Build.h would then be implicitly included for all files. I can also use this trick for the x86/x64 platform configuration, which would allow me to get rid of the "<different options>" value for the "C Preprocessor" settings. It would be replaced by including "Build.h" and "Platform.h" into Include\SlnDefines.h which is implicitly included into all files by "Forced include file". Then I add to "Additional Include Directories" the directories
$(SolutionDir)Include\$(Configuration) $(SolutionDir)Include\$(PlatformName)

= = = = =

This worked well, and I have an improved build process. I was able to get rid of the <different options> setting for all the Preprocessor settings.

Build.h and Platform.h

I want to remove all traces of DEBUG, NDEBUG, _X86_, and _X64_ from the command lines. Instead, I will define them in common header files and control which version of the headers are included using the MSBuild macros $(Configuration) and $(PlatformName).

Create a version of Build.h for each supported configuration, typically "Debug" and "Release", and place them in subdirectories under the common Include that match the configuration names. This is where I define DEBUG, _DEBUG, NDEBUG, and _NDEBUG. This will be included before Windows.h, so it cannot have any external dependencies.

NOTE: The DEBUG, _DEBUG, NDEBUG, and _NDEBUG macros are always defined as 0 or 1. Do not use #ifdef DEBUG. Always use #if DEBUG.

Include\Debug\Build.h: /*************************************************************************/ /** Build.h: Declarations for Debug vs Release builds. **/ /** (C)2017 nlited systems, chip doran. **/ /*************************************************************************/ #pragma once #define __BUILD_H__ //This is the DEBUG build. #define DEBUG 1 #define _DEBUG 1 #define NDEBUG 0 #define _NDEBUG 0 //EOF: BUILD.H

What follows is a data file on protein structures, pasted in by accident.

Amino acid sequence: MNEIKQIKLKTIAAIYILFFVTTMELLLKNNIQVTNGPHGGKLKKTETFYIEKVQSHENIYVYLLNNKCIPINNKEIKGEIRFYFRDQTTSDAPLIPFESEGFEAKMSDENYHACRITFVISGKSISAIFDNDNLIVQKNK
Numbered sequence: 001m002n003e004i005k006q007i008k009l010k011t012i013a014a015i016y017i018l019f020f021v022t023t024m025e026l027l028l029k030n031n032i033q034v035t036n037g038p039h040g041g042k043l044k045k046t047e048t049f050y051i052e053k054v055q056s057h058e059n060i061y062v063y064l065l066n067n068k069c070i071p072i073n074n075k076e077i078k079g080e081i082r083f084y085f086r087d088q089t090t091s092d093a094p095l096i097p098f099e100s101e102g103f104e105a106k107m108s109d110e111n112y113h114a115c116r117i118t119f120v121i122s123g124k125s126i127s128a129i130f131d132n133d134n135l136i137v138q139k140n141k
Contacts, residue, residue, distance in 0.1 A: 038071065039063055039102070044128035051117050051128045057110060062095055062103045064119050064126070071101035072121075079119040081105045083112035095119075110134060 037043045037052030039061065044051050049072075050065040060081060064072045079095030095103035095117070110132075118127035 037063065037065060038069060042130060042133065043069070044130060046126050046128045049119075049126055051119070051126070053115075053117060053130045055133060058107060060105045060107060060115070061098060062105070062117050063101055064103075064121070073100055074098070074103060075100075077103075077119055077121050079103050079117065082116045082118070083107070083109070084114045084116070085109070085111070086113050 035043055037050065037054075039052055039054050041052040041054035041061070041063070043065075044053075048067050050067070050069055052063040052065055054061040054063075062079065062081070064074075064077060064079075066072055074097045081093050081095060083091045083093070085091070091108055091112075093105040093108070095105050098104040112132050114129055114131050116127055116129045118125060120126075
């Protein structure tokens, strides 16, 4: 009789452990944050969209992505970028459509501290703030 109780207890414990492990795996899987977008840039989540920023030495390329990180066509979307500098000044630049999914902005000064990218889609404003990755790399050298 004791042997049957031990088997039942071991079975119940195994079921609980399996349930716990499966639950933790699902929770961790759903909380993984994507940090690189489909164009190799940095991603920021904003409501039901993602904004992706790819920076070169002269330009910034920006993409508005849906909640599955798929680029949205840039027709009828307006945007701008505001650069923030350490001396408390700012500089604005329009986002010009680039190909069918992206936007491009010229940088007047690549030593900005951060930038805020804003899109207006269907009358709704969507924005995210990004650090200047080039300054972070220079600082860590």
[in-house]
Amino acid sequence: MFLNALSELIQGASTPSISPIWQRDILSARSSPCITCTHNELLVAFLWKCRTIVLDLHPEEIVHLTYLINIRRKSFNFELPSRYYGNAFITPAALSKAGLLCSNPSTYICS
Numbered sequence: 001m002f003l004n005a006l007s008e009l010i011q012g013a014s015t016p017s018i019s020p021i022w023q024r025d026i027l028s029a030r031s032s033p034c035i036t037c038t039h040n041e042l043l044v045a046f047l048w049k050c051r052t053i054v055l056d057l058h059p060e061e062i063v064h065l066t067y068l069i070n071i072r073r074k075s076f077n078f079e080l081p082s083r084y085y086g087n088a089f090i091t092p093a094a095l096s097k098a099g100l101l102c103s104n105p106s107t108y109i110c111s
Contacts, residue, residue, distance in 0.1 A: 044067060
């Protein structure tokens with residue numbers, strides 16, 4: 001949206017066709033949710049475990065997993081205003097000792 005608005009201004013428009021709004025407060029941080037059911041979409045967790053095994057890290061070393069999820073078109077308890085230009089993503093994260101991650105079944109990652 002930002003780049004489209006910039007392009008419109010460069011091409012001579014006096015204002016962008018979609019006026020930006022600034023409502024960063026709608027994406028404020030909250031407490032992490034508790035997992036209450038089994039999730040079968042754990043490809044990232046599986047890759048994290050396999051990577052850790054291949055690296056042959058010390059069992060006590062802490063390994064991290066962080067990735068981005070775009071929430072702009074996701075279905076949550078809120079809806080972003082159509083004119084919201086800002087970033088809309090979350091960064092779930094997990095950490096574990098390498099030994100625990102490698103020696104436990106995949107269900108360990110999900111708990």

Include\Release\Build.h: /*************************************************************************/ /** Build.h: Declarations for Debug vs Release builds. **/ /** (C)2017 nlited systems, chip doran. **/ /*************************************************************************/ #pragma once #define __BUILD_H__ //This is the RELEASE build. #define DEBUG 0 #define _DEBUG 0 #define NDEBUG 1 #define _NDEBUG 1 //EOF: BUILD.H

Create a version of Platform.h for each target platform, typically win32 and x64, and put them in subdirectories that will match $(PlatformName). This is where I define _X86_, _X64_, and _AMD64_.